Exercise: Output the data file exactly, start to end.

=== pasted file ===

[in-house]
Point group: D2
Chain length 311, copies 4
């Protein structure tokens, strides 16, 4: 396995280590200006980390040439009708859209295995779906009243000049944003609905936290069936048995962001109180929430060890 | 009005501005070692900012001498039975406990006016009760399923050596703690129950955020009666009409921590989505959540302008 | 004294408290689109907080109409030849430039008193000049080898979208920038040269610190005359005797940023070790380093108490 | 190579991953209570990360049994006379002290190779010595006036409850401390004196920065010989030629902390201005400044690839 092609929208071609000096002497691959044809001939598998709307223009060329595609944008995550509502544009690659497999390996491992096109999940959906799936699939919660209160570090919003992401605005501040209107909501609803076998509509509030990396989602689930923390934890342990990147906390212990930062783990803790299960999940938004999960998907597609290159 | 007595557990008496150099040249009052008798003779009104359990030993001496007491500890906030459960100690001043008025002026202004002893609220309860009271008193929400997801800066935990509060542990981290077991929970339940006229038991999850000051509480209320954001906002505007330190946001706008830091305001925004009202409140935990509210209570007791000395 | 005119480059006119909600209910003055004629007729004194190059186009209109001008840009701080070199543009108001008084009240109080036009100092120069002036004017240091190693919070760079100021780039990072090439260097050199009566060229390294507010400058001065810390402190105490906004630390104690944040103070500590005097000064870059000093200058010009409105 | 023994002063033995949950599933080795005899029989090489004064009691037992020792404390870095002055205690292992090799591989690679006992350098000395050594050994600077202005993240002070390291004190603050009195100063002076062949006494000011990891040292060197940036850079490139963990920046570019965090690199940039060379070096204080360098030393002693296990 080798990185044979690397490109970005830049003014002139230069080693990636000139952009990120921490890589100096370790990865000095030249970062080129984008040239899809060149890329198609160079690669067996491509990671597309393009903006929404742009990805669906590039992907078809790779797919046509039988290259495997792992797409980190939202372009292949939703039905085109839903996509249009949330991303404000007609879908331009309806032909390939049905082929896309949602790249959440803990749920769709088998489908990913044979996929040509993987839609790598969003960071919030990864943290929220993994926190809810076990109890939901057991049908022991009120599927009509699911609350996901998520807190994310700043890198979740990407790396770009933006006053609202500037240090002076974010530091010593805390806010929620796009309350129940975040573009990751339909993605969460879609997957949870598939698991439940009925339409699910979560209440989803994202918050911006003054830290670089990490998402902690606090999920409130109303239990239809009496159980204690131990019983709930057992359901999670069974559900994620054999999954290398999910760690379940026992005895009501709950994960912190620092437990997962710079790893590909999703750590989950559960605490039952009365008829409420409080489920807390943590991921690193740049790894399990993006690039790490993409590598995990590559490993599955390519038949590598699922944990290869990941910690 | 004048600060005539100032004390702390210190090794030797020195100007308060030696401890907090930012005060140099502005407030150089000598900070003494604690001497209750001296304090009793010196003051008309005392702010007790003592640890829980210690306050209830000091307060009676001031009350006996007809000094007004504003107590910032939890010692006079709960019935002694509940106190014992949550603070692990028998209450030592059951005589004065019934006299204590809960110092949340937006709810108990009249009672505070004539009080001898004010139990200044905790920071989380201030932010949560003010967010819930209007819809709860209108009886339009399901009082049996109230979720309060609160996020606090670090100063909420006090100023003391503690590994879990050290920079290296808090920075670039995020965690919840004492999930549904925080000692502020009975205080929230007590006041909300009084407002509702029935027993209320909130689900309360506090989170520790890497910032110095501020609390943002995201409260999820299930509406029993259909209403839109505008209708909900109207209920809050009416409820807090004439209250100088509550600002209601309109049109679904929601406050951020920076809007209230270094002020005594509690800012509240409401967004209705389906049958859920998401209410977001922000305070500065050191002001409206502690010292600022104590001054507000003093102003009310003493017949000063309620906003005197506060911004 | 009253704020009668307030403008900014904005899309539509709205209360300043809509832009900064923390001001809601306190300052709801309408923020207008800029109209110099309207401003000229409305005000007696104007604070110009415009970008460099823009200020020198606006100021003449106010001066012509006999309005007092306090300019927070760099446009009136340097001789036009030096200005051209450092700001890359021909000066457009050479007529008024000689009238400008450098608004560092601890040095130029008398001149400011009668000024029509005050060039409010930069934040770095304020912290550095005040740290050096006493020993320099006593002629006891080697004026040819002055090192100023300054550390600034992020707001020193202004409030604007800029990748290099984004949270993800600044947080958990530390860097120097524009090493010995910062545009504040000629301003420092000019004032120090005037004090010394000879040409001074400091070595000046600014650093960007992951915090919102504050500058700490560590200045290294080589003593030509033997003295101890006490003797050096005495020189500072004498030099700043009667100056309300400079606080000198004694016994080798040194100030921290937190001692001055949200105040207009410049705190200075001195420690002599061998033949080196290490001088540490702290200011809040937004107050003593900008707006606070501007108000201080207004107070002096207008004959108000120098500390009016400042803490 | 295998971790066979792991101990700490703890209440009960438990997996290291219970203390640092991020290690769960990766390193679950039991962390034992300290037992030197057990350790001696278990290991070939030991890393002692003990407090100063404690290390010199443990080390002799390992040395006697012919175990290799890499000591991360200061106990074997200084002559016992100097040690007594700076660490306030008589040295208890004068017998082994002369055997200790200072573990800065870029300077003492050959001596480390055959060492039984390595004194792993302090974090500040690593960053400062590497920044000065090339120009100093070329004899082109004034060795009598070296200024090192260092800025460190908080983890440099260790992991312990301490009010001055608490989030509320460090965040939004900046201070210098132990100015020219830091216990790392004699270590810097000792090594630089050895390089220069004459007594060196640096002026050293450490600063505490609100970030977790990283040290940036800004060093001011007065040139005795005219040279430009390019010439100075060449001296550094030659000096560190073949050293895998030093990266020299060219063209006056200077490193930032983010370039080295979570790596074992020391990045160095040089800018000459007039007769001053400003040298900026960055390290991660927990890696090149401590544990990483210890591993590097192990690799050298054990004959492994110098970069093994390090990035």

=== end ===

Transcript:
[in-house]
Point group: D2
Chain length 311, copies 4
């Protein structure tokens, strides 16, 4: 396995280590200006980390040439009708859209295995779906009243000049944003609905936290069936048995962001109180929430060890 | 009005501005070692900012001498039975406990006016009760399923050596703690129950955020009666009409921590989505959540302008 | 004294408290689109907080109409030849430039008193000049080898979208920038040269610190005359005797940023070790380093108490 | 190579991953209570990360049994006379002290190779010595006036409850401390004196920065010989030629902390201005400044690839 092609929208071609000096002497691959044809001939598998709307223009060329595609944008995550509502544009690659497999390996491992096109999940959906799936699939919660209160570090919003992401605005501040209107909501609803076998509509509030990396989602689930923390934890342990990147906390212990930062783990803790299960999940938004999960998907597609290159 | 007595557990008496150099040249009052008798003779009104359990030993001496007491500890906030459960100690001043008025002026202004002893609220309860009271008193929400997801800066935990509060542990981290077991929970339940006229038991999850000051509480209320954001906002505007330190946001706008830091305001925004009202409140935990509210209570007791000395 | 005119480059006119909600209910003055004629007729004194190059186009209109001008840009701080070199543009108001008084009240109080036009100092120069002036004017240091190693919070760079100021780039990072090439260097050199009566060229390294507010400058001065810390402190105490906004630390104690944040103070500590005097000064870059000093200058010009409105 | 023994002063033995949950599933080795005899029989090489004064009691037992020792404390870095002055205690292992090799591989690679006992350098000395050594050994600077202005993240002070390291004190603050009195100063002076062949006494000011990891040292060197940036850079490139963990920046570019965090690199940039060379070096204080360098030393002693296990 080798990185044979690397490109970005830049003014002139230069080693990636000139952009990120921490890589100096370790990865000095030249970062080129984008040239899809060149890329198609160079690669067996491509990671597309393009903006929404742009990805669906590039992907078809790779797919046509039988290259495997792992797409980190939202372009292949939703039905085109839903996509249009949330991303404000007609879908331009309806032909390939049905082929896309949602790249959440803990749920769709088998489908990913044979996929040509993987839609790598969003960071919030990864943290929220993994926190809810076990109890939901057991049908022991009120599927009509699911609350996901998520807190994310700043890198979740990407790396770009933006006053609202500037240090002076974010530091010593805390806010929620796009309350129940975040573009990751339909993605969460879609997957949870598939698991439940009925339409699910979560209440989803994202918050911006003054830290670089990490998402902690606090999920409130109303239990239809009496159980204690131990019983709930057992359901999670069974559900994620054999999954290398999910760690379940026992005895009501709950994960912190620092437990997962710079790893590909999703750590989950559960605490039952009365008829409420409080489920807390943590991921690193740049790894399990993006690039790490993409590598995990590559490993599955390519038949590598699922944990290869990941910690 | 004048600060005539100032004390702390210190090794030797020195100007308060030696401890907090930012005060140099502005407030150089000598900070003494604690001497209750001296304090009793010196003051008309005392702010007790003592640890829980210690306050209830000091307060009676001031009350006996007809000094007004504003107590910032939890010692006079709960019935002694509940106190014992949550603070692990028998209450030592059951005589004065019934006299204590809960110092949340937006709810108990009249009672505070004539009080001898004010139990200044905790920071989380201030932010949560003010967010819930209007819809709860209108009886339009399901009082049996109230979720309060609160996020606090670090100063909420006090100023003391503690590994879990050290920079290296808090920075670039995020965690919840004492999930549904925080000692502020009975205080929230007590006041909300009084407002509702029935027993209320909130689900309360506090989170520790890497910032110095501020609390943002995201409260999820299930509406029993259909209403839109505008209708909900109207209920809050009416409820807090004439209250100088509550600002209601309109049109679904929601406050951020920076809007209230270094002020005594509690800012509240409401967004209705389906049958859920998401209410977001922000305070500065050191002001409206502690010292600022104590001054507000003093102003009310003493017949000063309620906003005197506060911004 | 009253704020009668307030403008900014904005899309539509709205209360300043809509832009900064923390001001809601306190300052709801309408923020207008800029109209110099309207401003000229409305005000007696104007604070110009415009970008460099823009200020020198606006100021003449106010001066012509006999309005007092306090300019927070760099446009009136340097001789036009030096200005051209450092700001890359021909000066457009050479007529008024000689009238400008450098608004560092601890040095130029008398001149400011009668000024029509005050060039409010930069934040770095304020912290550095005040740290050096006493020993320099006593002629006891080697004026040819002055090192100023300054550390600034992020707001020193202004409030604007800029990748290099984004949270993800600044947080958990530390860097120097524009090493010995910062545009504040000629301003420092000019004032120090005037004090010394000879040409001074400091070595000046600014650093960007992951915090919102504050500058700490560590200045290294080589003593030509033997003295101890006490003797050096005495020189500072004498030099700043009667100056309300400079606080000198004694016994080798040194100030921290937190001692001055949200105040207009410049705190200075001195420690002599061998033949080196290490001088540490702290200011809040937004107050003593900008707006606070501007108000201080207004107070002096207008004959108000120098500390009016400042803490 | 295998971790066979792991101990700490703890209440009960438990997996290291219970203390640092991020290690769960990766390193679950039991962390034992300290037992030197057990350790001696278990290991070939030991890393002692003990407090100063404690290390010199443990080390002799390992040395006697012919175990290799890499000591991360200061106990074997200084002559016992100097040690007594700076660490306030008589040295208890004068017998082994002369055997200790200072573990800065870029300077003492050959001596480390055959060492039984390595004194792993302090974090500040690593960053400062590497920044000065090339120009100093070329004899082109004034060795009598070296200024090192260092800025460190908080983890440099260790992991312990301490009010001055608490989030509320460090965040939004900046201070210098132990100015020219830091216990790392004699270590810097000792090594630089050895390089220069004459007594060196640096002026050293450490600063505490609100970030977790990283040290940036800004060093001011007065040139005795005219040279430009390019010439100075060449001296550094030659000096560190073949050293895998030093990266020299060219063209006056200077490193930032983010370039080295979570790596074992020391990045160095040089800018000459007039007769001053400003040298900026960055390290991660927990890696090149401590544990990483210890591993590097192990690799050298054990004959492994110098970069093994390090990035």